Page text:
Metformin, Rapamycin, or Nicotinamide Mononucleotide Pretreatment Attenuate Cognitive Impairment After Cerebral Hypoperfusion by Inhibiting Microglial Phagocytosis

dc.creatorYu, Mengdi
dc.creatorZheng, Xiaoying
dc.creatorCheng, Fangyu
dc.creatorShao, Bei
dc.creatorZhuge, Qichuan
dc.creatorJin, Kunlin
dc.creator.orcid0000-0002-1336-348X (Jin, Kunlin)
dc.date.accessioned2022-09-09T14:08:42Z
dc.date.available2022-09-09T14:08:42Z
dc.date.issued2022-06-13
dc.description.abstractVascular cognitive impairment (VCI) is the second leading form of dementia after Alzheimer's disease (AD) plaguing the elder population. Despite the enormous prevalence of VCI, the biological basis of this disease has been much less well-studied than that of AD, with no specific therapy currently existing to prevent or treat VCI. As VCI mainly occurs in the elderly, the role of anti-aging drugs including metformin, rapamycin, and nicotinamide mono nucleotide (NMN), and the underlying mechanism remain uncertain. Here, we examined the role of metformin, rapamycin, and NMN in cognitive function, white matter integrity, microglial response, and phagocytosis in a rat model of VCI by bilateral common carotid artery occlusion (BCCAO). BCCAO-induced chronic cerebral hypoperfusion could cause spatial working memory deficits and white matter lesions (WMLs), along with increasing microglial activation and phagocytosis compared to sham-operated rats. We found the cognitive impairment was significantly improved in BCCAO rats pretreated with these three drugs for 14 days before BCCAO compared with the vehicle group by the analysis of the Morris water maze and new object recognition tests. Pretreatment of metformin, rapamycin, or NMN also increased myelin basic protein (MBP, a marker for myelin) expression and reduced SMI32 (a marker for demyelinated axons) intensity and SMI32/MBP ratio compared with the vehicle group, suggesting that these drugs could ameliorate BCCAO-induced WMLs. The findings were confirmed by Luxol fast blue (LFB) stain, which is designed for staining myelin/myelinated axons. We further found that pretreatment of metformin, rapamycin, or NMN reduced microglial activation and the number of M1 microglia, but increased the number of M2 microglia compared to the vehicle group. Importantly, the number of MBP(+)/Iba1(+)/CD68(+) microglia was significantly reduced in the BCCAO rats pretreated with these three drugs compared with the vehicle group, suggesting that these drugs suppress microglial phagocytosis. No significant difference was found between the groups pretreated with metformin, rapamycin, or NMN. Our data suggest that metformin, rapamycin, or NMN could protect or attenuate cognitive impairment and WMLs by modifying microglial polarization and inhibiting phagocytosis. The findings may open a new avenue for VCI treatment.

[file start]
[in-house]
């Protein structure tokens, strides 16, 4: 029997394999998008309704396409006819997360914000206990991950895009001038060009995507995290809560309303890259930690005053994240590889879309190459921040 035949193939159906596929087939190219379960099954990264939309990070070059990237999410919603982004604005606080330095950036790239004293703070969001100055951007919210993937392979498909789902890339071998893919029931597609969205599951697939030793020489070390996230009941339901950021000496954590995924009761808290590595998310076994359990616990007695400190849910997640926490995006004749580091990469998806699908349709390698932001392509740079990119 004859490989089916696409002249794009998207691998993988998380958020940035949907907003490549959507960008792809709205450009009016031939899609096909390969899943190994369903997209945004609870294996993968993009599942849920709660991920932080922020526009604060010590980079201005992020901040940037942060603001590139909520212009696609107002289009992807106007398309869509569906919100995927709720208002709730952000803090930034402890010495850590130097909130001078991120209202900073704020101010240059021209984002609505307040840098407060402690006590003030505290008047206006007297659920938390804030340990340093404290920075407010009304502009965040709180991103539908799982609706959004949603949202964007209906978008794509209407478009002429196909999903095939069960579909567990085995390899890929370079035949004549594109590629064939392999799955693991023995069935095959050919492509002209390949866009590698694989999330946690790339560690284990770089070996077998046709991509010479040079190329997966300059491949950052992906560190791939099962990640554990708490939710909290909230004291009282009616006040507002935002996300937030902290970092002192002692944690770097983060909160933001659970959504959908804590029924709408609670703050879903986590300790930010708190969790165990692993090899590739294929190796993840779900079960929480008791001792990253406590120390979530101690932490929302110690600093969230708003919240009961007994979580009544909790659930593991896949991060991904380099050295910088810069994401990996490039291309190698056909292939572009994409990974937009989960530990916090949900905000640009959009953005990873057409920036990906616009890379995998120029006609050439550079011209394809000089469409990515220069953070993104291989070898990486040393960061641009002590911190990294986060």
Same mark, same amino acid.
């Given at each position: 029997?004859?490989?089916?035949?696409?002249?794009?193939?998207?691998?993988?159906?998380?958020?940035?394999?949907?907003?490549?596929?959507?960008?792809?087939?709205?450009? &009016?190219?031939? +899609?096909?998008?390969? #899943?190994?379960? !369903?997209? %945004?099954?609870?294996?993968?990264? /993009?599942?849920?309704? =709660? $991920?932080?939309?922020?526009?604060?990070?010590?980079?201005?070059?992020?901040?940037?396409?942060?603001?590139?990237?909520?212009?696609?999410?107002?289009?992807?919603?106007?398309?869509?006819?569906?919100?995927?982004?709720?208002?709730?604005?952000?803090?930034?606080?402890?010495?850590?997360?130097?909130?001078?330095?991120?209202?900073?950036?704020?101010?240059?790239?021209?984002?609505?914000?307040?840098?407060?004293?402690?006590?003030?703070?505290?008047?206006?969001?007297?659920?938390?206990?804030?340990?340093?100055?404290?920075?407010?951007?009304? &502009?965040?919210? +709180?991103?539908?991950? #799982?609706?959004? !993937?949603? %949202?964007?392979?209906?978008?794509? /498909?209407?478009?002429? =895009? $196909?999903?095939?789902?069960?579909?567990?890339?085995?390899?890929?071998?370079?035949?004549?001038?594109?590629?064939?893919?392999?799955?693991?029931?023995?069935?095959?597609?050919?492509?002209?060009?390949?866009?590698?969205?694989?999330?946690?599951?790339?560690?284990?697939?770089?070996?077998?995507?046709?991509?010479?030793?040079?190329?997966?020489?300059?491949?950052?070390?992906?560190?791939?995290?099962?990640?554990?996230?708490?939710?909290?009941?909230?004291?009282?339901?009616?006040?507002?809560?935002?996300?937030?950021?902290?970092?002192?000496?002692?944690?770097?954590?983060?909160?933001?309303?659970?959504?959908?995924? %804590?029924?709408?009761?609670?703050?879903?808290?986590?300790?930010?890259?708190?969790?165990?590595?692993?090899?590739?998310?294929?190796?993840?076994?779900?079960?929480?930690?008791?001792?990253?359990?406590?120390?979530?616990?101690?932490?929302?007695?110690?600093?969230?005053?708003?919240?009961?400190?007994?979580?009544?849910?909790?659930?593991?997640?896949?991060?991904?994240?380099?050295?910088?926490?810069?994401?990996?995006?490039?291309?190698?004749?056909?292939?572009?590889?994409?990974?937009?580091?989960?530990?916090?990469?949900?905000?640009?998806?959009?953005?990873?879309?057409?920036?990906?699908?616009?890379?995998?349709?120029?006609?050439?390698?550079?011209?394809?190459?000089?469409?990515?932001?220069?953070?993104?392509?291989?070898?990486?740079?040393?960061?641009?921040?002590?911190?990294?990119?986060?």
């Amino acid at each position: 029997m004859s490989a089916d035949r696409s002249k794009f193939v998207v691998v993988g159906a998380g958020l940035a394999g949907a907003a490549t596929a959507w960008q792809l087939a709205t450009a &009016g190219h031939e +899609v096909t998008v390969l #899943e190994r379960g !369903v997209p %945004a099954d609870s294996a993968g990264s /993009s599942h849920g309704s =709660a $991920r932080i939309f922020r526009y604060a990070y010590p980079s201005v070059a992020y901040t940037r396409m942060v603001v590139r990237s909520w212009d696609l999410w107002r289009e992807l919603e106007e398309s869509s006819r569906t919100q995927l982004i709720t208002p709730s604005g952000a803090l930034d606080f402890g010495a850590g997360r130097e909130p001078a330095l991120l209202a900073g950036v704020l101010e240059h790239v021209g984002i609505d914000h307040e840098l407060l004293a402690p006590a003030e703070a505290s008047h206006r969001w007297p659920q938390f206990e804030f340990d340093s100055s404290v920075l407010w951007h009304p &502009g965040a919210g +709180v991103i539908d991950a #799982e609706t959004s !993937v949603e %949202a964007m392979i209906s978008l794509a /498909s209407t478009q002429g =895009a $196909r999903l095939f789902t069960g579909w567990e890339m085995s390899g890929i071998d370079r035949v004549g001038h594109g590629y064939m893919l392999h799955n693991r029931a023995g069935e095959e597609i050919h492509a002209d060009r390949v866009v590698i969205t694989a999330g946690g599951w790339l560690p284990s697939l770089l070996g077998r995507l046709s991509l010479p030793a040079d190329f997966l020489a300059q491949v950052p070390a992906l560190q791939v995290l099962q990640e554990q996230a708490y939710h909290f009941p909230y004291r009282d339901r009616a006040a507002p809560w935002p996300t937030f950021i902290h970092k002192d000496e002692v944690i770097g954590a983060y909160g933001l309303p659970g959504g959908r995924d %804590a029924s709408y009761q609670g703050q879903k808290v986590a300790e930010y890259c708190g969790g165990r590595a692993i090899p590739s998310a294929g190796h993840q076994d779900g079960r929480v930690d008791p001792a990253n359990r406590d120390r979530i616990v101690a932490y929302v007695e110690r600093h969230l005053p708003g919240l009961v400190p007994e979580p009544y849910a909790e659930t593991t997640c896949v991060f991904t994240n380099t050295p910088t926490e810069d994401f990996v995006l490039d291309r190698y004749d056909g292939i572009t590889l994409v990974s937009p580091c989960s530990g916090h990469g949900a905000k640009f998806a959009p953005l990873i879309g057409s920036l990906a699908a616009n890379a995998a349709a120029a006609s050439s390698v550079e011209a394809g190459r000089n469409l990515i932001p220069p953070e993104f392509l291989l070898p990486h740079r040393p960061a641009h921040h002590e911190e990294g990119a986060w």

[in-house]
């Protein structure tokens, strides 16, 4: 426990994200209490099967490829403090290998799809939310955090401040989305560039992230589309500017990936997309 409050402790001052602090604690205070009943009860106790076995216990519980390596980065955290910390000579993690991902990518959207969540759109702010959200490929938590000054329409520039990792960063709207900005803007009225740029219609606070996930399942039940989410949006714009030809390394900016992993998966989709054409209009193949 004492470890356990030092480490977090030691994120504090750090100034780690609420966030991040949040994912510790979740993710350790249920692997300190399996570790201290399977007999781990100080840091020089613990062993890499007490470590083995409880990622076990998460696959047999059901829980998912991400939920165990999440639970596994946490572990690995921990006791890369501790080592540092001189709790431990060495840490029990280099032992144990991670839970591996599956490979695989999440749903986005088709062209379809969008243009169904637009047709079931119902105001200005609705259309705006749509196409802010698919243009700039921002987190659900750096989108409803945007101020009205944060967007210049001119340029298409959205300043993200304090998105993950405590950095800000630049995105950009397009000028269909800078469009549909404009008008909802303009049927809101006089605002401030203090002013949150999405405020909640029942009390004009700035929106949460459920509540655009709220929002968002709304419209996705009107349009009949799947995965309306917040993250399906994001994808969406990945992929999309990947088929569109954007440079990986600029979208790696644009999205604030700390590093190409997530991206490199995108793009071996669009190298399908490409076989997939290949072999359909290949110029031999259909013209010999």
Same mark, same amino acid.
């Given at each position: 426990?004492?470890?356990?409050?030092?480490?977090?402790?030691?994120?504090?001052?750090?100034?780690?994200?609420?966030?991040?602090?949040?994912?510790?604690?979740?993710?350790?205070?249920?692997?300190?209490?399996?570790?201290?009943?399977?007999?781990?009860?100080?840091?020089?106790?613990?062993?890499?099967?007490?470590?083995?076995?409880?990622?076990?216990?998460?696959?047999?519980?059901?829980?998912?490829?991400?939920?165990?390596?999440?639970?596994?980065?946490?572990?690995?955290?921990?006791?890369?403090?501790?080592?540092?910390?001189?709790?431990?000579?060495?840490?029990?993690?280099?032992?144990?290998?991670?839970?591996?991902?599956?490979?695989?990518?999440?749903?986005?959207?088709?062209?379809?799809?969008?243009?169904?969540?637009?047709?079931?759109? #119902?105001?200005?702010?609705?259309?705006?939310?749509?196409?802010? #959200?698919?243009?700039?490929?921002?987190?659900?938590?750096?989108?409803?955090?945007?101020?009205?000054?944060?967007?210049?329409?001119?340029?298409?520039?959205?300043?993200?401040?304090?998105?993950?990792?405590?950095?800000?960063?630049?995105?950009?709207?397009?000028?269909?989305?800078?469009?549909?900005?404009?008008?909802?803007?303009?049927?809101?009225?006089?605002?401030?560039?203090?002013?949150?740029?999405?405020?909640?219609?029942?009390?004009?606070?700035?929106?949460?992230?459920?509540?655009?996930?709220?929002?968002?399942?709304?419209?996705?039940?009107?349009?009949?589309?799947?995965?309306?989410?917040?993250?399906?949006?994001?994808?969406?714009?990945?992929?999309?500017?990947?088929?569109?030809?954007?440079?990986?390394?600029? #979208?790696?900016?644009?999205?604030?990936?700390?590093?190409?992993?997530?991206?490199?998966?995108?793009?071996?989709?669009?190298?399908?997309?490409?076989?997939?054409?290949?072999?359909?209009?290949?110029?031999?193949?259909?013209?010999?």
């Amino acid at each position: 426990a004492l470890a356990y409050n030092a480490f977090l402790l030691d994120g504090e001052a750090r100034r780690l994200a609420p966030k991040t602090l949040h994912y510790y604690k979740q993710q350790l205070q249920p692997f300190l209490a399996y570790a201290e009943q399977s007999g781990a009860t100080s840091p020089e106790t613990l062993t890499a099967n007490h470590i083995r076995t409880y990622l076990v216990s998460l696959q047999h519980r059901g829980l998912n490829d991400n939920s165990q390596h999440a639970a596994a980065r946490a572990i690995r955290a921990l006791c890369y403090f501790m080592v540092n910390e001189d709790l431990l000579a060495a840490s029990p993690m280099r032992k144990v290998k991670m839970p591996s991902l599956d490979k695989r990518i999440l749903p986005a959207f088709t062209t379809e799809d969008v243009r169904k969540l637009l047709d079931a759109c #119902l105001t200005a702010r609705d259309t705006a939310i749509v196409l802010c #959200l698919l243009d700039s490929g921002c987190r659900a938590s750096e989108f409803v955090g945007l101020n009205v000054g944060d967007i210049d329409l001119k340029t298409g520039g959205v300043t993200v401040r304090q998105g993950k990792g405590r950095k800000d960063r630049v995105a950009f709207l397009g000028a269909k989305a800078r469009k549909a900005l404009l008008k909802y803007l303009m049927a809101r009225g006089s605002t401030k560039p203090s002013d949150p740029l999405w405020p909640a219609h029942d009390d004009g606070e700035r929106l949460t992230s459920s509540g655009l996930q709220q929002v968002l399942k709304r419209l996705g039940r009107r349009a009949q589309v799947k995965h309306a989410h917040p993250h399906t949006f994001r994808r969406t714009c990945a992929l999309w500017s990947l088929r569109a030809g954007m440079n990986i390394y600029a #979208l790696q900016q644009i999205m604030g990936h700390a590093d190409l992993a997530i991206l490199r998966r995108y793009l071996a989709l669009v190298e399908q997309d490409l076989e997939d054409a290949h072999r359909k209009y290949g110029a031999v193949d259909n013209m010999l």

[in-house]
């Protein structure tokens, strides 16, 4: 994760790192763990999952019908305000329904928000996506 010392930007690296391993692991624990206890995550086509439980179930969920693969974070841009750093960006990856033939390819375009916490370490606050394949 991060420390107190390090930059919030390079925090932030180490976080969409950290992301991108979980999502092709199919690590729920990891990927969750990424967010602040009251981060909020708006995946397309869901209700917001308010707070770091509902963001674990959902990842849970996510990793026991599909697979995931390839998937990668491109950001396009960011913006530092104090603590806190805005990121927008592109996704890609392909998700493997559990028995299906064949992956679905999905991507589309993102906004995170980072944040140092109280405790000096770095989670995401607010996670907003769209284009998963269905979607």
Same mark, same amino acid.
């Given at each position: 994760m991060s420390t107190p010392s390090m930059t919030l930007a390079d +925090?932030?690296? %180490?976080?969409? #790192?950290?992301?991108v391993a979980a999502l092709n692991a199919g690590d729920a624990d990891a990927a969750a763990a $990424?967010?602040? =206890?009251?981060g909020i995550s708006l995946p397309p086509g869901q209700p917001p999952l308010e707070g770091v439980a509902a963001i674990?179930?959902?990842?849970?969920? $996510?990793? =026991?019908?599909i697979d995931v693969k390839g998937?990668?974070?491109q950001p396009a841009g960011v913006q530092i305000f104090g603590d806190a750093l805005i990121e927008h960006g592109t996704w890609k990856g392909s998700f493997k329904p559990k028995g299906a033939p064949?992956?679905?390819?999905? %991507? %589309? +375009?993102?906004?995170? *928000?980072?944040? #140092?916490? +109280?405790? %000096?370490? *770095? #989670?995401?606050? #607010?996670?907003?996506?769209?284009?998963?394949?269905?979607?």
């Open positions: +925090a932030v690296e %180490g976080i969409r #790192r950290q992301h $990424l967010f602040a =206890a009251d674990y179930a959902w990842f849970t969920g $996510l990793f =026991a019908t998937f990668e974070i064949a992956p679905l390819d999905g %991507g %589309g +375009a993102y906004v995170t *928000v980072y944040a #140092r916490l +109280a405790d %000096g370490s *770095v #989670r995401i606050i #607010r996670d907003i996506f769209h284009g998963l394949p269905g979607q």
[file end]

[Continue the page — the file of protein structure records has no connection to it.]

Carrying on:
dc.description.sponsorshipThis work was supported by Zhejiang Provincial Key Discipline Neurobiology (437201203).
dc.identifier.citationYu, M., Zheng, X., Cheng, F., Shao, B., Zhuge, Q., & Jin, K. (2022). Metformin, Rapamycin, or Nicotinamide Mononucleotide Pretreatment Attenuate Cognitive Impairment After Cerebral Hypoperfusion by Inhibiting Microglial Phagocytosis. Frontiers in neurology, 13, 903565. https://doi.org/10.3389/fneur.2022.903565
dc.identifier.issn1664-2295
dc.identifier.urihttps://hdl.handle.net/20.500.12503/31702
dc.identifier.volume13
dc.publisherFrontiers Media S.A.
dc.relation.urihttps://doi.org/10.3389/fneur.2022.903565
dc.rights.holderCopyright © 2022 Yu, Zheng, Cheng, Shao, Zhuge and Jin.
dc.rights.licenseAttribution 4.0 International (CC BY 4.0)
dc.rights.urihttp://creativecommons.org/licenses/by/4.0/
dc.sourceFrontiers in Neurology
dc.subjectmetformin
dc.subjectmicroglia
dc.subjectnicotinamide mono-nucleotide
dc.subjectrapamycin
dc.subjectvascular cognitive impairment
dc.titleMetformin, Rapamycin, or Nicotinamide Mononucleotide Pretreatment Attenuate Cognitive Impairment After Cerebral Hypoperfusion by Inhibiting Microglial Phagocytosis
dc.typeArticle
dc.type.materialtext

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